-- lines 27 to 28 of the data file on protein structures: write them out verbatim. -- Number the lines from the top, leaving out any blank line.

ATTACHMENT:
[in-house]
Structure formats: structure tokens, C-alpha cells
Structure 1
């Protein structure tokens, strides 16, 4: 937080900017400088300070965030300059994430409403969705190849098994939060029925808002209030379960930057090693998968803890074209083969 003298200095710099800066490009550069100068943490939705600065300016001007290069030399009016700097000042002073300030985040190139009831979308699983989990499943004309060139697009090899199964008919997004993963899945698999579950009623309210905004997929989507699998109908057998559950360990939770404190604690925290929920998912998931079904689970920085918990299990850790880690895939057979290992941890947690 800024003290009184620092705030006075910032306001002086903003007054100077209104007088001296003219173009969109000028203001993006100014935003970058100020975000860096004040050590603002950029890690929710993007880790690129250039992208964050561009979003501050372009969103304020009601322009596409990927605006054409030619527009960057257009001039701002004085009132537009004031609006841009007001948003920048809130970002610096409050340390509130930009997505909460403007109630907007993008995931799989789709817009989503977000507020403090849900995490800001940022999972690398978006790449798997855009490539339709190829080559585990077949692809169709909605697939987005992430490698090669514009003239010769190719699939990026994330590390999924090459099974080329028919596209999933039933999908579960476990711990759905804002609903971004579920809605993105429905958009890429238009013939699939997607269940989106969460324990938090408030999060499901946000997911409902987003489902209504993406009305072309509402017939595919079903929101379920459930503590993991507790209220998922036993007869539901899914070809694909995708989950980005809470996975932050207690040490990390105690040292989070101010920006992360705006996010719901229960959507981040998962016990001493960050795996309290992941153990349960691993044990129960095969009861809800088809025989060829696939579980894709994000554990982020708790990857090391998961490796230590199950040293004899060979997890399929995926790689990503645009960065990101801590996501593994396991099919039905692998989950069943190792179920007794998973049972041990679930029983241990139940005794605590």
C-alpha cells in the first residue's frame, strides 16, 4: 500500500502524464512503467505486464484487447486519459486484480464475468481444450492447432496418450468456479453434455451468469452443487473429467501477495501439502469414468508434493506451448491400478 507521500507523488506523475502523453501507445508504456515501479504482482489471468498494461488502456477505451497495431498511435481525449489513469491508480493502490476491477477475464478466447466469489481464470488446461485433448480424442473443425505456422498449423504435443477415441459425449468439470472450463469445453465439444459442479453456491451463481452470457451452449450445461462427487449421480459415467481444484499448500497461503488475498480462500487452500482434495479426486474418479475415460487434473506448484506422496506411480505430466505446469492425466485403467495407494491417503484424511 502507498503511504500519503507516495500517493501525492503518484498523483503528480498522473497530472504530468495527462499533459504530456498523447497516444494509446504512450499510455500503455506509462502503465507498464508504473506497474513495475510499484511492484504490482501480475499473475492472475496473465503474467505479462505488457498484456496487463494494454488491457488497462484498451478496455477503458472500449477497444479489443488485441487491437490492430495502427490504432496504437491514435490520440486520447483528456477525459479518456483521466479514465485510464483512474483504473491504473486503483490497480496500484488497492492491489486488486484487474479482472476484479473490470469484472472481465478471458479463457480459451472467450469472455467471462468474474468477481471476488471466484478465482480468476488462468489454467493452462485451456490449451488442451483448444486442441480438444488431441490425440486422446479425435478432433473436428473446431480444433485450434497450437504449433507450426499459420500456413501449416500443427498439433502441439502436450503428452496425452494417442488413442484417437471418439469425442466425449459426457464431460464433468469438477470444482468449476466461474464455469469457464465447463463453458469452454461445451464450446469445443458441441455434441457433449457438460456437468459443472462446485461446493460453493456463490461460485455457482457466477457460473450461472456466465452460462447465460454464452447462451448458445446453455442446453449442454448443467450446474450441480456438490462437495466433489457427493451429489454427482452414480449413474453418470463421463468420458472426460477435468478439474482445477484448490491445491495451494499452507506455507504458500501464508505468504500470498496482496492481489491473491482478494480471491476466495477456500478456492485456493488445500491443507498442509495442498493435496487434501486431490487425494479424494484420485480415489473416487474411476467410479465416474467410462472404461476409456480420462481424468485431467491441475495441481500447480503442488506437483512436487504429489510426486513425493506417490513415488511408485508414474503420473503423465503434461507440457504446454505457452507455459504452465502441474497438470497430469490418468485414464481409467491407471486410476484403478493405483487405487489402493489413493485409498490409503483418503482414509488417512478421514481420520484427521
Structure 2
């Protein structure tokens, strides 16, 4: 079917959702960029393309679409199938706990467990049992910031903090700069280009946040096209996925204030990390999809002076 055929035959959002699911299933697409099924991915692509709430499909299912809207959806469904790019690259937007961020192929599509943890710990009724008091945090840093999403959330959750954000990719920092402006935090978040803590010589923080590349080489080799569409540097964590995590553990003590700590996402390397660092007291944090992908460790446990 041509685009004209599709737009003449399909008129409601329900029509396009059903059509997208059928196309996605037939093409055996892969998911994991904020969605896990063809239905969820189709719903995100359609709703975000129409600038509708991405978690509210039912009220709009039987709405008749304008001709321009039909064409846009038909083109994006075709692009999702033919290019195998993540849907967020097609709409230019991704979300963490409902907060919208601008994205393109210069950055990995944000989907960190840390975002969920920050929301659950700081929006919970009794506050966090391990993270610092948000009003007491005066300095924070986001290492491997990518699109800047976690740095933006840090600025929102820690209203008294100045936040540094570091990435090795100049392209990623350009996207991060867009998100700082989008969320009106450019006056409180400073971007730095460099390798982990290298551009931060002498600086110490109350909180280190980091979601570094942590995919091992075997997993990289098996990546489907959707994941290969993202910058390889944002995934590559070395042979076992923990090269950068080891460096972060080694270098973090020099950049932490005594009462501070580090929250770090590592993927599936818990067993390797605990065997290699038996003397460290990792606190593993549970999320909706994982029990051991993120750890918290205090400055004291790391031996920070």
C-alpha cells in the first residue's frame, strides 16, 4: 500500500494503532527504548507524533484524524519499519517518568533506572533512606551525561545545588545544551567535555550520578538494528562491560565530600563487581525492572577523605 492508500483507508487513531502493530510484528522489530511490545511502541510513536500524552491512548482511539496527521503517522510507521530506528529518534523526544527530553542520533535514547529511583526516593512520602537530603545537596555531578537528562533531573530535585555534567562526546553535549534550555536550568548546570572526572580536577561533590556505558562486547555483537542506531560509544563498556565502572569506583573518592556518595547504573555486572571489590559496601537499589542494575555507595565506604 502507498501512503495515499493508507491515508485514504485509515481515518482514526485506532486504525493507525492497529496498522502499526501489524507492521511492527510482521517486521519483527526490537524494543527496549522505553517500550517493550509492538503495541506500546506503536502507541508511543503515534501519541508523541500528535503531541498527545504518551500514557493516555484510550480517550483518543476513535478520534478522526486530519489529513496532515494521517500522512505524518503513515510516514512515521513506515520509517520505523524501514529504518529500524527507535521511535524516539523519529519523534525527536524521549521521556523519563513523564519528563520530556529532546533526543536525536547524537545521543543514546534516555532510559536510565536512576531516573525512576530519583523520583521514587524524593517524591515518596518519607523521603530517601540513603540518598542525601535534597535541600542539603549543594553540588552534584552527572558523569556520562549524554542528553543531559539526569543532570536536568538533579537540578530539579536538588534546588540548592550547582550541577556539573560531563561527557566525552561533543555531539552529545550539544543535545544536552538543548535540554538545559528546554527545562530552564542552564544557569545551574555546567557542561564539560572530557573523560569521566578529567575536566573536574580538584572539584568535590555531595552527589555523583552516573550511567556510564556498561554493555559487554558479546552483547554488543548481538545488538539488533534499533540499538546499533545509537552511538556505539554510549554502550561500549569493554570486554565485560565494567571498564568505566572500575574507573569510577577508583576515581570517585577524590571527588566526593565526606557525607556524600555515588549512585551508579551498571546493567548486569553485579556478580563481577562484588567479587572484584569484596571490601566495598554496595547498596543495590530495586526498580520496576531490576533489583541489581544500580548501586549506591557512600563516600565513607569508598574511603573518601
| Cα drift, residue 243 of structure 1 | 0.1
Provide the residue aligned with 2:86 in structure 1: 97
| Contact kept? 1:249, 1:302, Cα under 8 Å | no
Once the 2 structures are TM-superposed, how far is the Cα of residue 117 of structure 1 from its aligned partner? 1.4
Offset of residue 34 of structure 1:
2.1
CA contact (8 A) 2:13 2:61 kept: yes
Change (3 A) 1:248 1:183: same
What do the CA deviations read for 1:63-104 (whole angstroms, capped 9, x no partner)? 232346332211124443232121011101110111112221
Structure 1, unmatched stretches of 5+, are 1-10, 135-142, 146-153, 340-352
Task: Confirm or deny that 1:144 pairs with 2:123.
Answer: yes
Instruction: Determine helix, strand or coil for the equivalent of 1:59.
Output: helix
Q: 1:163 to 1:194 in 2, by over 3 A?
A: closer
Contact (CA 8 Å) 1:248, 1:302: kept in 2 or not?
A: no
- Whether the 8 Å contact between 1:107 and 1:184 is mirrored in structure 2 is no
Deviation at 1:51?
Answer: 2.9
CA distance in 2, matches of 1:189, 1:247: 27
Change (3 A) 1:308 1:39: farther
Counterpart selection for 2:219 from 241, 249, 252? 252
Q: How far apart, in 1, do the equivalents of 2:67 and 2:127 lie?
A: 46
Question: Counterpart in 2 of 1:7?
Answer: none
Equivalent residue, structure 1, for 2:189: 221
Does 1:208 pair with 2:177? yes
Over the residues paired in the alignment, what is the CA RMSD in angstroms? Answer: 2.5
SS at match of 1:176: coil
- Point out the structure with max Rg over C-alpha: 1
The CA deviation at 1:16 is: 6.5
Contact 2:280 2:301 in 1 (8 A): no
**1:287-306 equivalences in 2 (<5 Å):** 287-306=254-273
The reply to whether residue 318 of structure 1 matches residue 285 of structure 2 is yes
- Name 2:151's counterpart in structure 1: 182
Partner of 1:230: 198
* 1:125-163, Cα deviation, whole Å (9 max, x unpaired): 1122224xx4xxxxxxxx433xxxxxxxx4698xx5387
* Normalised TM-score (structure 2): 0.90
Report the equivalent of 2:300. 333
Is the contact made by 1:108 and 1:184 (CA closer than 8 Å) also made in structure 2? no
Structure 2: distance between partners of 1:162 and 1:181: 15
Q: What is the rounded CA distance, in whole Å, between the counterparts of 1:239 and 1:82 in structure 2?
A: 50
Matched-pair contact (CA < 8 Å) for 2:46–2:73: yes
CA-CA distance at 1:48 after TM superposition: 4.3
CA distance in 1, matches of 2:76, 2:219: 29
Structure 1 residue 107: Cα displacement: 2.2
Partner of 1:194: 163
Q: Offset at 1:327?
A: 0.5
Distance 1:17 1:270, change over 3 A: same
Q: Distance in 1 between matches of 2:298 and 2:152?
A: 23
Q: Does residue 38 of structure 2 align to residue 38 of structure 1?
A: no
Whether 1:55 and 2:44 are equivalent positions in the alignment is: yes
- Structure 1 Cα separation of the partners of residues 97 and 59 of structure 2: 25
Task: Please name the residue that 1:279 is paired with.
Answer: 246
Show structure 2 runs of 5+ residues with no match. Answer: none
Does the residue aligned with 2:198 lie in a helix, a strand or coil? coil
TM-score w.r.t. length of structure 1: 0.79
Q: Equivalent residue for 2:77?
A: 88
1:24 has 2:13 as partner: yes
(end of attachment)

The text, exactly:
- Whether the 8 Å contact between 1:107 and 1:184 is mirrored in structure 2 is no
Deviation at 1:51?